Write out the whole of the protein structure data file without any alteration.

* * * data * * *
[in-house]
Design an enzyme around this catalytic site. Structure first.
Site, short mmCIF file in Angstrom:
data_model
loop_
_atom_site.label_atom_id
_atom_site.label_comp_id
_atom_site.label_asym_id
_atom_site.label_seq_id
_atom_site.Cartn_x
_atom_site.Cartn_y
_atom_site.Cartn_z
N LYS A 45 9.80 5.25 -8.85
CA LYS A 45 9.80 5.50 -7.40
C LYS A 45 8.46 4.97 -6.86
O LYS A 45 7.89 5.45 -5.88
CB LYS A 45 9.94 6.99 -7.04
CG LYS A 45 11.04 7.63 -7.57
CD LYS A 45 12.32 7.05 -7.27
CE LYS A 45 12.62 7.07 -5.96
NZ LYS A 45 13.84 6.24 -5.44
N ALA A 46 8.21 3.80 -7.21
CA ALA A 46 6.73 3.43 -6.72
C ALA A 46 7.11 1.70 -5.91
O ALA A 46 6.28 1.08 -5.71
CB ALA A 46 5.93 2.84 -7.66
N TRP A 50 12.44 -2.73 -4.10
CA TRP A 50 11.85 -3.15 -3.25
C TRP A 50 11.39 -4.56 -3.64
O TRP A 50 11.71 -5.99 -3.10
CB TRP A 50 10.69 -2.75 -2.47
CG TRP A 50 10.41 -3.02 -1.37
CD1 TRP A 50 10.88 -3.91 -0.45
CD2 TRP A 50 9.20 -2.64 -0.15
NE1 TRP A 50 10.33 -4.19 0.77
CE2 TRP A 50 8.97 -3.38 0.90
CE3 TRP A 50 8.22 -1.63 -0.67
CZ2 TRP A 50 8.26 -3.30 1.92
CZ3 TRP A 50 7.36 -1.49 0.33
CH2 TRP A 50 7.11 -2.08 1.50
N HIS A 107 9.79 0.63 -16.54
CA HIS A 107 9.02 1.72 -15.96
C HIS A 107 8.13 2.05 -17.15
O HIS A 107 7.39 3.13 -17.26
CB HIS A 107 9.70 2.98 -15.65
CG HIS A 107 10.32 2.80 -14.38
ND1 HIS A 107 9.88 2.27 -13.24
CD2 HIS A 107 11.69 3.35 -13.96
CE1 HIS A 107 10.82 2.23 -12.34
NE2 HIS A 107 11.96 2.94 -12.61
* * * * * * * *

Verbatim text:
[in-house]
Design an enzyme around this catalytic site. Structure first.
Site, short mmCIF file in Angstrom:
data_model
loop_
_atom_site.label_atom_id
_atom_site.label_comp_id
_atom_site.label_asym_id
_atom_site.label_seq_id
_atom_site.Cartn_x
_atom_site.Cartn_y
_atom_site.Cartn_z
N LYS A 45 9.80 5.25 -8.85
CA LYS A 45 9.80 5.50 -7.40
C LYS A 45 8.46 4.97 -6.86
O LYS A 45 7.89 5.45 -5.88
CB LYS A 45 9.94 6.99 -7.04
CG LYS A 45 11.04 7.63 -7.57
CD LYS A 45 12.32 7.05 -7.27
CE LYS A 45 12.62 7.07 -5.96
NZ LYS A 45 13.84 6.24 -5.44
N ALA A 46 8.21 3.80 -7.21
CA ALA A 46 6.73 3.43 -6.72
C ALA A 46 7.11 1.70 -5.91
O ALA A 46 6.28 1.08 -5.71
CB ALA A 46 5.93 2.84 -7.66
N TRP A 50 12.44 -2.73 -4.10
CA TRP A 50 11.85 -3.15 -3.25
C TRP A 50 11.39 -4.56 -3.64
O TRP A 50 11.71 -5.99 -3.10
CB TRP A 50 10.69 -2.75 -2.47
CG TRP A 50 10.41 -3.02 -1.37
CD1 TRP A 50 10.88 -3.91 -0.45
CD2 TRP A 50 9.20 -2.64 -0.15
NE1 TRP A 50 10.33 -4.19 0.77
CE2 TRP A 50 8.97 -3.38 0.90
CE3 TRP A 50 8.22 -1.63 -0.67
CZ2 TRP A 50 8.26 -3.30 1.92
CZ3 TRP A 50 7.36 -1.49 0.33
CH2 TRP A 50 7.11 -2.08 1.50
N HIS A 107 9.79 0.63 -16.54
CA HIS A 107 9.02 1.72 -15.96
C HIS A 107 8.13 2.05 -17.15
O HIS A 107 7.39 3.13 -17.26
CB HIS A 107 9.70 2.98 -15.65
CG HIS A 107 10.32 2.80 -14.38
ND1 HIS A 107 9.88 2.27 -13.24
CD2 HIS A 107 11.69 3.35 -13.96
CE1 HIS A 107 10.82 2.23 -12.34
NE2 HIS A 107 11.96 2.94 -12.61